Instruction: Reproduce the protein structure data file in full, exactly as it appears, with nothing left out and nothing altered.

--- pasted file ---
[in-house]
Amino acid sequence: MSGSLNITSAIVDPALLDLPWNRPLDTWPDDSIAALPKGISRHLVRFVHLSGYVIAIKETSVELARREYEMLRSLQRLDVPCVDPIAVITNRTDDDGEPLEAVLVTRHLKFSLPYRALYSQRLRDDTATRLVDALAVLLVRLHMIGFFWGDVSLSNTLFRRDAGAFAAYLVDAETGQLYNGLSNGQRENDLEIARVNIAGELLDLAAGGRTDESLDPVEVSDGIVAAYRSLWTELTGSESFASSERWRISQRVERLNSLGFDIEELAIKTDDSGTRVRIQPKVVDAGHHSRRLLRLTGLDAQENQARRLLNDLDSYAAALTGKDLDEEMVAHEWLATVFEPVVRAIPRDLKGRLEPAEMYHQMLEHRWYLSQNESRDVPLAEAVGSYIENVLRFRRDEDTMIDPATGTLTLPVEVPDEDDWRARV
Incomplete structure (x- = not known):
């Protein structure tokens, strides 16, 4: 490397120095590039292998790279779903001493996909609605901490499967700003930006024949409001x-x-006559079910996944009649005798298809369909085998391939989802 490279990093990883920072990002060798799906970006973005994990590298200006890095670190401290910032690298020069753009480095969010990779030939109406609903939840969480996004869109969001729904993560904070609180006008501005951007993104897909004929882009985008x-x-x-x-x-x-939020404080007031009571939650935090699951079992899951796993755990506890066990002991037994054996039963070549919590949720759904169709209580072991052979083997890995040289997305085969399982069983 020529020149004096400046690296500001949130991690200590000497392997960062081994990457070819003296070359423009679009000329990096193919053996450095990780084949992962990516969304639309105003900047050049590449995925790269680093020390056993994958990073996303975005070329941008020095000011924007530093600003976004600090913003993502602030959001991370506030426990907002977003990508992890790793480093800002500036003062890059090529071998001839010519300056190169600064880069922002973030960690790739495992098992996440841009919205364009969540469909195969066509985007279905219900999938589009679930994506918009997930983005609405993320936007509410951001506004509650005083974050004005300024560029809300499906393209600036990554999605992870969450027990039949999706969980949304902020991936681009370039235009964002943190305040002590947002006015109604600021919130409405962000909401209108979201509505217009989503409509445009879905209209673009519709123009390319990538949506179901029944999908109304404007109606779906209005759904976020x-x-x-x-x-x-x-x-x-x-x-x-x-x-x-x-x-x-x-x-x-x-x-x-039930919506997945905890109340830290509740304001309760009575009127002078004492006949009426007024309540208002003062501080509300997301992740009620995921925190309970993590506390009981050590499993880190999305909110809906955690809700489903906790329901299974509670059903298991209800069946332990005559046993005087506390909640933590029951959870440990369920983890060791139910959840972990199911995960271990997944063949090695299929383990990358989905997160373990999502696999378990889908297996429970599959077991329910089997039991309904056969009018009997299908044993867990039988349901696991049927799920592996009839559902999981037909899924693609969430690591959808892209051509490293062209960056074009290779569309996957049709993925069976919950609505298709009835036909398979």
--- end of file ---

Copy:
[in-house]
Amino acid sequence: MSGSLNITSAIVDPALLDLPWNRPLDTWPDDSIAALPKGISRHLVRFVHLSGYVIAIKETSVELARREYEMLRSLQRLDVPCVDPIAVITNRTDDDGEPLEAVLVTRHLKFSLPYRALYSQRLRDDTATRLVDALAVLLVRLHMIGFFWGDVSLSNTLFRRDAGAFAAYLVDAETGQLYNGLSNGQRENDLEIARVNIAGELLDLAAGGRTDESLDPVEVSDGIVAAYRSLWTELTGSESFASSERWRISQRVERLNSLGFDIEELAIKTDDSGTRVRIQPKVVDAGHHSRRLLRLTGLDAQENQARRLLNDLDSYAAALTGKDLDEEMVAHEWLATVFEPVVRAIPRDLKGRLEPAEMYHQMLEHRWYLSQNESRDVPLAEAVGSYIENVLRFRRDEDTMIDPATGTLTLPVEVPDEDDWRARV
Incomplete structure (x- = not known):
């Protein structure tokens, strides 16, 4: 490397120095590039292998790279779903001493996909609605901490499967700003930006024949409001x-x-006559079910996944009649005798298809369909085998391939989802 490279990093990883920072990002060798799906970006973005994990590298200006890095670190401290910032690298020069753009480095969010990779030939109406609903939840969480996004869109969001729904993560904070609180006008501005951007993104897909004929882009985008x-x-x-x-x-x-939020404080007031009571939650935090699951079992899951796993755990506890066990002991037994054996039963070549919590949720759904169709209580072991052979083997890995040289997305085969399982069983 020529020149004096400046690296500001949130991690200590000497392997960062081994990457070819003296070359423009679009000329990096193919053996450095990780084949992962990516969304639309105003900047050049590449995925790269680093020390056993994958990073996303975005070329941008020095000011924007530093600003976004600090913003993502602030959001991370506030426990907002977003990508992890790793480093800002500036003062890059090529071998001839010519300056190169600064880069922002973030960690790739495992098992996440841009919205364009969540469909195969066509985007279905219900999938589009679930994506918009997930983005609405993320936007509410951001506004509650005083974050004005300024560029809300499906393209600036990554999605992870969450027990039949999706969980949304902020991936681009370039235009964002943190305040002590947002006015109604600021919130409405962000909401209108979201509505217009989503409509445009879905209209673009519709123009390319990538949506179901029944999908109304404007109606779906209005759904976020x-x-x-x-x-x-x-x-x-x-x-x-x-x-x-x-x-x-x-x-x-x-x-x-039930919506997945905890109340830290509740304001309760009575009127002078004492006949009426007024309540208002003062501080509300997301992740009620995921925190309970993590506390009981050590499993880190999305909110809906955690809700489903906790329901299974509670059903298991209800069946332990005559046993005087506390909640933590029951959870440990369920983890060791139910959840972990199911995960271990997944063949090695299929383990990358989905997160373990999502696999378990889908297996429970599959077991329910089997039991309904056969009018009997299908044993867990039988349901696991049927799920592996009839559902999981037909899924693609969430690591959808892209051509490293062209960056074009290779569309996957049709993925069976919950609505298709009835036909398979």